By Serena Solomon
DNAinfo Reporter Producer
NOHO — For Mike Patton, the financial crisis sent him so low he found himself in downward facing dog.
When the Princeton graduate was laid off as a futures trader with Bear Stearns in March 2008, yoga helped him survive unemployment. Now Patton is about to open his second yoga studio in Noho with Yoga Vida, the business he created 13 months ago.
“When I moved to New York, if you would have told me that five years later I’d have left finance, opened two Yoga studios and committed myself to 12,500 feet of Manhattan office space in Union Square and NoHo for the next five to 10 years, I’d have fallen out of my chair,” said the 28-year-old.
Unlike a host of other yoga studios, Patton’s Yoga Vida charges clients a low $10 per class with no lengthy commitment contracts.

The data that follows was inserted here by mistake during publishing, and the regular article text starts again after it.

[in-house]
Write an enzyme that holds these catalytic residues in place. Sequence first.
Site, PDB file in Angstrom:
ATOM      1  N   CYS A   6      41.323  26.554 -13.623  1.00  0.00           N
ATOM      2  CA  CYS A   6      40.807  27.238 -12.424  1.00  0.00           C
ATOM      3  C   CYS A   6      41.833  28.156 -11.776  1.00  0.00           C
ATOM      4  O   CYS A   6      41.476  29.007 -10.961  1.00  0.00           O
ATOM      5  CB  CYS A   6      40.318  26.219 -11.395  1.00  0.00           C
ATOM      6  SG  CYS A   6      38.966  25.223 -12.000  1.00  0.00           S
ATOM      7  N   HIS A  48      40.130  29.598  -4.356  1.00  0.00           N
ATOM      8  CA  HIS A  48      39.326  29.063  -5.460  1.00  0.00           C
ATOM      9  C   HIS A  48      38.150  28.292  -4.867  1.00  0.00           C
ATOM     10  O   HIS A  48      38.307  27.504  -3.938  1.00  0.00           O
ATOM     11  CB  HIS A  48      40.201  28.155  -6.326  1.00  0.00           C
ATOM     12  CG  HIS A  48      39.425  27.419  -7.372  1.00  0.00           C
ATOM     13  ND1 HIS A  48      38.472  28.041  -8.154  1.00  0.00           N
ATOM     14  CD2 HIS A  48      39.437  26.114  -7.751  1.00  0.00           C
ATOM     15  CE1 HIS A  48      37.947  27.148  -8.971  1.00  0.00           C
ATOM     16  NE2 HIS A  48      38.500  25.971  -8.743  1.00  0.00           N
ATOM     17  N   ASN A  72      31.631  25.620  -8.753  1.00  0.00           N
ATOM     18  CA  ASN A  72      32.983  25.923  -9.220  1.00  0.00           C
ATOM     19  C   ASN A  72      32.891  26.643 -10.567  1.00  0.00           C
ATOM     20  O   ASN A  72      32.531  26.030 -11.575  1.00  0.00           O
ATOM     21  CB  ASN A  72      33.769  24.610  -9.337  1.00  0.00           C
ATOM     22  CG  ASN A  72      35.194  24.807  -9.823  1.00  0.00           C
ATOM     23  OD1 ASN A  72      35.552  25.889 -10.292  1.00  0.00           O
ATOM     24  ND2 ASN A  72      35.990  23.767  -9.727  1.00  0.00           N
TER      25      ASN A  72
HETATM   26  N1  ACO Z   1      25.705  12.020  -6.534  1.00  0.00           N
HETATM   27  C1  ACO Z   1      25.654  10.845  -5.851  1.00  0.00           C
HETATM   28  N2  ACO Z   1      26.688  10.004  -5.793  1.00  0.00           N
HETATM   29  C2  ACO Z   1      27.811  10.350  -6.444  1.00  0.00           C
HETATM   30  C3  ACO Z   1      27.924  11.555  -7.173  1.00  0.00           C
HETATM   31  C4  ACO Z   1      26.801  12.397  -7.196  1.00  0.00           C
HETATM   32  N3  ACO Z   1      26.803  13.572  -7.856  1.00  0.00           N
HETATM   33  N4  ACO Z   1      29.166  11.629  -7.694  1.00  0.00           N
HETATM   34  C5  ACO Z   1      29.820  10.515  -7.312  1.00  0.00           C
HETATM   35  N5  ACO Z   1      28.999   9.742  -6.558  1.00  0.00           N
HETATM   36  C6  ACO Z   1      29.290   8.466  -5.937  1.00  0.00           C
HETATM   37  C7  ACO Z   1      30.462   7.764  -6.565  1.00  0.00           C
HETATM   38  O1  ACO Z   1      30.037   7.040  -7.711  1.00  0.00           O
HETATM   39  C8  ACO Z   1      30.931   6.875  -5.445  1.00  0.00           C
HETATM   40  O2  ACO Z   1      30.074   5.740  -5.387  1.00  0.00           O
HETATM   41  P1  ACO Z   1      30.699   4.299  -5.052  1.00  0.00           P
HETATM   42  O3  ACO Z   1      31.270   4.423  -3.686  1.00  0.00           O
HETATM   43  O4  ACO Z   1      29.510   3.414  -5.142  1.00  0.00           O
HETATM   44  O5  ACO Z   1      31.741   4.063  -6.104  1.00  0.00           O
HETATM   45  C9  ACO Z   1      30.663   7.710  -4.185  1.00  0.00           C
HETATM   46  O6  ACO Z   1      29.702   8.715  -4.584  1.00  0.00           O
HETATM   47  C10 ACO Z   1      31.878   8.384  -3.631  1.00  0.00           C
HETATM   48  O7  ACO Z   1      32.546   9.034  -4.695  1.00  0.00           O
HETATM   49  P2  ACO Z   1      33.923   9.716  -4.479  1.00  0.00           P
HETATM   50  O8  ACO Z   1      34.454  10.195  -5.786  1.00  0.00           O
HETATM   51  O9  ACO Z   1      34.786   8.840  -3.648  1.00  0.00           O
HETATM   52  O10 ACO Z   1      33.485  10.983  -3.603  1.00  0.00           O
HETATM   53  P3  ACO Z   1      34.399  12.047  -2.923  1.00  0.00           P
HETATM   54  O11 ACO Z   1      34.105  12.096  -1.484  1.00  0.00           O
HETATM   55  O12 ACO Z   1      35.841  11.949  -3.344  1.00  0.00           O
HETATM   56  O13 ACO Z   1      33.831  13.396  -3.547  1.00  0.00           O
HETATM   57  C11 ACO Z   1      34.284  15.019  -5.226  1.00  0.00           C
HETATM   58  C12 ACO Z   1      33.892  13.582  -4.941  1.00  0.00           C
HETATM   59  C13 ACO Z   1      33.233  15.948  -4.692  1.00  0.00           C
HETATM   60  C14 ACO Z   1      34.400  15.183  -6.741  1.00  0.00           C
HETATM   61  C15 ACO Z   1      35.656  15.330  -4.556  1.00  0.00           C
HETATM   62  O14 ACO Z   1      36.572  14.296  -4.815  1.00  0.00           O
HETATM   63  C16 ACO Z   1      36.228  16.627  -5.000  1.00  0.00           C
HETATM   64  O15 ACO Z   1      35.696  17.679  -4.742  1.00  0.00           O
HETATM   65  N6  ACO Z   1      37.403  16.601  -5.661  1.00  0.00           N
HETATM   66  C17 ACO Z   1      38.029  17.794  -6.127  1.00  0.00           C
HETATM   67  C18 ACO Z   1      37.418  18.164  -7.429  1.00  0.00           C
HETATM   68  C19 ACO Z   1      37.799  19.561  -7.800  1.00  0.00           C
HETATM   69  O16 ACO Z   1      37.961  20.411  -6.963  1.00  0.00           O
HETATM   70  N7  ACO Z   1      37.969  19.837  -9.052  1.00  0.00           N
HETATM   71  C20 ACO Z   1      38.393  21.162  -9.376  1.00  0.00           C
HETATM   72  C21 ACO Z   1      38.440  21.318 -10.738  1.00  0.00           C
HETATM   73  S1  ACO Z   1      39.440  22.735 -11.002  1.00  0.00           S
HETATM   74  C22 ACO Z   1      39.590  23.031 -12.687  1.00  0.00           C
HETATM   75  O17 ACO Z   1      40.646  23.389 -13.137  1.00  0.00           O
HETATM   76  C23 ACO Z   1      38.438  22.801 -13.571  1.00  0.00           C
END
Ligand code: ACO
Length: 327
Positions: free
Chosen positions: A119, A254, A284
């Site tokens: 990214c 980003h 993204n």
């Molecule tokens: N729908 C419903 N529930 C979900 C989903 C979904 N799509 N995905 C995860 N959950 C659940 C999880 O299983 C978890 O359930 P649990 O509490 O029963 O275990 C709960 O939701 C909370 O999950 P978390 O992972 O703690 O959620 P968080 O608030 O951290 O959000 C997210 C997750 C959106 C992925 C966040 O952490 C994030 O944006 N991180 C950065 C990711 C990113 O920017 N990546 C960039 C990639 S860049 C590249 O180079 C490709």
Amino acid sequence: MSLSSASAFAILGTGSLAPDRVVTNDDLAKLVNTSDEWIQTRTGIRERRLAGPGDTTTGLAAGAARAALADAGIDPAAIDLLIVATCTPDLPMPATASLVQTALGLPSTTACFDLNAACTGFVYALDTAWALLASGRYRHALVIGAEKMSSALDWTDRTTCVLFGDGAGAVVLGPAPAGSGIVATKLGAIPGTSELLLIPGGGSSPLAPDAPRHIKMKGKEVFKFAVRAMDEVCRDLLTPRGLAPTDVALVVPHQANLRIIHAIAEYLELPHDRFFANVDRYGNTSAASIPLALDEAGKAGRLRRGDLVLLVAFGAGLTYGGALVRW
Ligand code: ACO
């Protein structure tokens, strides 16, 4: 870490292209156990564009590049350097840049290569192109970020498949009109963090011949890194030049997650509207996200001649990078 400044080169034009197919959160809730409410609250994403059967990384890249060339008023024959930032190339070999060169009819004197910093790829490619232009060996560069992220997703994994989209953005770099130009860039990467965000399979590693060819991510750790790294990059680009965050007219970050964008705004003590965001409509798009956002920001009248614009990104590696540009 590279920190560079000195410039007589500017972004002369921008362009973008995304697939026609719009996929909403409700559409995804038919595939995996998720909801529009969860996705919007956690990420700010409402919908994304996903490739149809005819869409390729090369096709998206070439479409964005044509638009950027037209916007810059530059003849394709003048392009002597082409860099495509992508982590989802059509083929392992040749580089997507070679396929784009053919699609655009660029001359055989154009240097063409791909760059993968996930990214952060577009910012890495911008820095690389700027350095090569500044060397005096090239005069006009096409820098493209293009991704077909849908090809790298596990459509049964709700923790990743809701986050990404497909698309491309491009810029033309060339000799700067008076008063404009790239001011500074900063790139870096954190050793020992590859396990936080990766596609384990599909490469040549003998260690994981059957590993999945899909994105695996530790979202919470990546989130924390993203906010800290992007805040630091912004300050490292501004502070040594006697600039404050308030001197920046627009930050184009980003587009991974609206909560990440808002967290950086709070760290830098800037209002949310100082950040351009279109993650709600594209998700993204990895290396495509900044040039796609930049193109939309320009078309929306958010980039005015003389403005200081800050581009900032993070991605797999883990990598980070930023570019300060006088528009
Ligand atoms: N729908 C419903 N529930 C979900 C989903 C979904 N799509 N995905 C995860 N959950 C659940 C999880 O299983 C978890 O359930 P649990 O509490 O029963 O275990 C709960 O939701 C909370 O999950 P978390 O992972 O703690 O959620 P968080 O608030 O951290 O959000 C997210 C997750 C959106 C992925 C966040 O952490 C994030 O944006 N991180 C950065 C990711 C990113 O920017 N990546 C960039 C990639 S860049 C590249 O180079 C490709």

He's so busy he's began turning people away from his location on University and W. 12th Street, he said.
“It no longer feels like we’re testing the market, but rather giving the market what it’s asking for,” he said about the new NoHo location on Broadway and Bond Street.
Classes are due to start there on May 31st along with a teacher training program.
Although NoHo is only blocks away, Patton has come far from Wall Street and the somber days surrounding his layoff.
“Unemployment was uncertain,” he said. “There was a huge amount of labor supply and I was in a shrinking industry.”
A promising opportunity fell through at City Bank and Patton’s future looked bleak, he said.
But a near obsession with yoga that he developed became the catalyst for a new season in his life.
“What yoga helped me to do was to be more present for this opportunity,” he said. Patton sighted gratitude, one of the pillars of yoga, as his biggest learning curve. Now he gets to bring this to his customers.
Although he started the Greenwich Village studio 13 months ago, Patton is still living off savings from before the financial crisis. He hopes next month to write himself his first paycheck from Yoga Vida.
With the unexpected turns of the last few years and vision for more studios, Patton still seems surprised at what he has created.
“It is an interesting position. It feels more satisfying to get $10 from something I have built that is helping others then $10,000 from Bear Stearns,” he said.